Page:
Major life stressors increase likelihood of long COVID
A recent study suggested that hospitalized patients with COVID-19 who experienced severely stressful events were at least twice as likely to struggle with depression, brain fog, fatigue, sleep problems, and other long COVID symptoms one year after their hospitalization.
The study was published in the Journal of the Neurological Sciences and led by Jennifer Frontera, MD, professor in the Department of Neurology at New York University (NYU) Langone Health. For their investigation, Frontera and her colleagues sought to better understand the predictors of long COVID after hospitalization for COVID-19.
Involved in the study were 790 patients who had been hospitalized for COVID-19. Researchers used standard telephone survey tools to measure their level of daily function, clear thinking, anxiety, depression, fatigue, and sleep quality. Patients were followed up with six-months and 12-months after their hospitalization within NYU Langone Health between March 2020 and May 2020.
Results showed that 57 percent of the survey participants completed the six month and/or 12-month follow-up. Of the participants, 17 percent died between discharge and the 12-month follow-up. In addition, 51 percent of the patients reported significant life stressors at 12 months.
Upon analysis, researchers determined that the strongest independent predictors related to life stressors for prolonged symptoms of COVID-19 included financial insecurity, food insecurity, death of a loved one, and a new disability. In addition, these factors were strong predictors of worse functional status, depression, fatigue, sleep scores, and reduced ability to participate in daily tasks like feeding, dressing, and bathing.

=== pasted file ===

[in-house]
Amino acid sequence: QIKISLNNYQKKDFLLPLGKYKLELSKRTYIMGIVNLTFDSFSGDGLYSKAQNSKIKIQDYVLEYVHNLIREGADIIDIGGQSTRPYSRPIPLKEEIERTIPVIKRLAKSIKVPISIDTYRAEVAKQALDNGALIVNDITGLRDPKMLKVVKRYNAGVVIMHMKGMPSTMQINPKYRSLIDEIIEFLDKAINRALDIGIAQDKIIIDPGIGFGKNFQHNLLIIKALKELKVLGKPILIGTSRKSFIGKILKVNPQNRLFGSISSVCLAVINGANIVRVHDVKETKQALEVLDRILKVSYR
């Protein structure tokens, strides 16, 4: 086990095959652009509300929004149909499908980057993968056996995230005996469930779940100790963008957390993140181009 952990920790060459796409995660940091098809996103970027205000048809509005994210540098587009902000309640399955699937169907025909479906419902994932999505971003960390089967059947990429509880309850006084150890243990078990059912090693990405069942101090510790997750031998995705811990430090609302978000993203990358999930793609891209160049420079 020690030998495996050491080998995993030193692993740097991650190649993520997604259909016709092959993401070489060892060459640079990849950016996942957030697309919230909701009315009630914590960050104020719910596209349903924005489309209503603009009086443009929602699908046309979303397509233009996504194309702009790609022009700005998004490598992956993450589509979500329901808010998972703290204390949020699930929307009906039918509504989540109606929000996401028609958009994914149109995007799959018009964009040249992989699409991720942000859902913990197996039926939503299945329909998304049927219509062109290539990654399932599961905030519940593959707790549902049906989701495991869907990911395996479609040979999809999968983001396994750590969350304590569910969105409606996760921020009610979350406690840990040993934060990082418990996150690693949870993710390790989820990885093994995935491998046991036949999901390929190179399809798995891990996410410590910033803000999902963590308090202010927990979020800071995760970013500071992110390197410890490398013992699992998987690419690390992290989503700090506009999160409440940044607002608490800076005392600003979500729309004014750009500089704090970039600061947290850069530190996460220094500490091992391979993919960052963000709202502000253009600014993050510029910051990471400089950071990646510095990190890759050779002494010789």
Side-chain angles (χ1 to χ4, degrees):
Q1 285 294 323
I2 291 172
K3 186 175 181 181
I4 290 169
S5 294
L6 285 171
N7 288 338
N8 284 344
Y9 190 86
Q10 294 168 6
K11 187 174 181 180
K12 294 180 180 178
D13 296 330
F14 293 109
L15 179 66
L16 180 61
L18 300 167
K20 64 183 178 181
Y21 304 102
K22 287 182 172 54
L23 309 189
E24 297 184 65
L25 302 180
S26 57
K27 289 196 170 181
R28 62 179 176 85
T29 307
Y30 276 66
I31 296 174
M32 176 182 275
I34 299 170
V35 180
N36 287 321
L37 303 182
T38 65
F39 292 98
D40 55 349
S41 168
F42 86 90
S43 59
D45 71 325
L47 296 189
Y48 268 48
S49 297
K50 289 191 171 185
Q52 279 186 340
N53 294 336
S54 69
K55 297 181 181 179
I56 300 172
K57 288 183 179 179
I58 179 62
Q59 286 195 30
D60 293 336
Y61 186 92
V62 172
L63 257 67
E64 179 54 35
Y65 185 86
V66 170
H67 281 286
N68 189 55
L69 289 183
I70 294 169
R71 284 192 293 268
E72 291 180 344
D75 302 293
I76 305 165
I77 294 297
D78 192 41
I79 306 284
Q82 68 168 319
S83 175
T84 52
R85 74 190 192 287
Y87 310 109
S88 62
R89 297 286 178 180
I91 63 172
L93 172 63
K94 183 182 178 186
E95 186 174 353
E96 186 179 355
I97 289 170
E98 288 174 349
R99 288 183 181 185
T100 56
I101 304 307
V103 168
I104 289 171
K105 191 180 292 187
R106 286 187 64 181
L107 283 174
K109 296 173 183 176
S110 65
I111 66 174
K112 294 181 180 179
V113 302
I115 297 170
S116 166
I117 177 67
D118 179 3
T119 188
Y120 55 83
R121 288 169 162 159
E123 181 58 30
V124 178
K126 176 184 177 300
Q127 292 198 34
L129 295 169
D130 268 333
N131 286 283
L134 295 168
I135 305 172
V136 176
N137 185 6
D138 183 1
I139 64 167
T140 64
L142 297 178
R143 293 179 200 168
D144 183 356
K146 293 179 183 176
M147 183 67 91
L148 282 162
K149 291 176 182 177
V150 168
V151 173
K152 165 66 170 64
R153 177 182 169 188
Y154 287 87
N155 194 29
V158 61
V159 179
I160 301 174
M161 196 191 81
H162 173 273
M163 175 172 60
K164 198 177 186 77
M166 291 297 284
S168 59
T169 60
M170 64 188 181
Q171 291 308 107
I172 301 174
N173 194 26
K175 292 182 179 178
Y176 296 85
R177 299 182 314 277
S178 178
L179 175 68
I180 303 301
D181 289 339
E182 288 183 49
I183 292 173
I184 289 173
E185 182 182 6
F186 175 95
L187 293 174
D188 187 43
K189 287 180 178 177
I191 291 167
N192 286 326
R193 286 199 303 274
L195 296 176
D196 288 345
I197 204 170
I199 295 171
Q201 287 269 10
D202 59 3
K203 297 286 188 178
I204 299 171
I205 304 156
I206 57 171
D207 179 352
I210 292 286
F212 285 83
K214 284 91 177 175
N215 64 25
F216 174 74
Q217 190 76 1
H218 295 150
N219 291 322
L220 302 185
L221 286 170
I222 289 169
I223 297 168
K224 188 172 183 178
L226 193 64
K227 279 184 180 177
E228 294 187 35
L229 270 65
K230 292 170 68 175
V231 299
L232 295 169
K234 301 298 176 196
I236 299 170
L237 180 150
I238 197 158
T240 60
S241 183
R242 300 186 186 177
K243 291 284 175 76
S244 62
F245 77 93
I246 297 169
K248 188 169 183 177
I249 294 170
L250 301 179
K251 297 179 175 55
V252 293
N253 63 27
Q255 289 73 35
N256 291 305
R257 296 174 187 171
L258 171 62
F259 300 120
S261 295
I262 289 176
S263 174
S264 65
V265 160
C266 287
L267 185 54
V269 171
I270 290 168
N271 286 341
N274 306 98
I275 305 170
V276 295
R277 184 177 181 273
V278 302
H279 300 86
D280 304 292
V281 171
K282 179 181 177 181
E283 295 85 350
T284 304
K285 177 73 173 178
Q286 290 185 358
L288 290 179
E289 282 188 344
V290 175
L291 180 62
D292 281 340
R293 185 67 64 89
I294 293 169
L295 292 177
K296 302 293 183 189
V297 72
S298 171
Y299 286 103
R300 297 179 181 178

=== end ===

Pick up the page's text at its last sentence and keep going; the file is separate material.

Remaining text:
Researchers also found that gender contributed to the likelihood of long COVID. According to previous studies, women are more susceptible to conditions such as autoimmune diseases that could worsen health outcomes.
According to researchers, these results indicate that life stressors can increase the likelihood of experiencing symptoms of long COVID 12-months after a COVID-19 hospitalization. In addition, they found older age, being female, having a disability, and having a severe case of acute COVID-19, were all strong predictors of prolonged symptoms.
"Our study is unique in that it explores the impact of life stressors, along with demographic trends and neurological events, as predictors of long-term cognitive and functional disabilities that affected quality of life in a large population," said Frontera in a statement. "Therapies that lessen the trauma of the most stress-inducing life events need to be a central part of treatment for long COVID, with more research needed to validate the best approaches."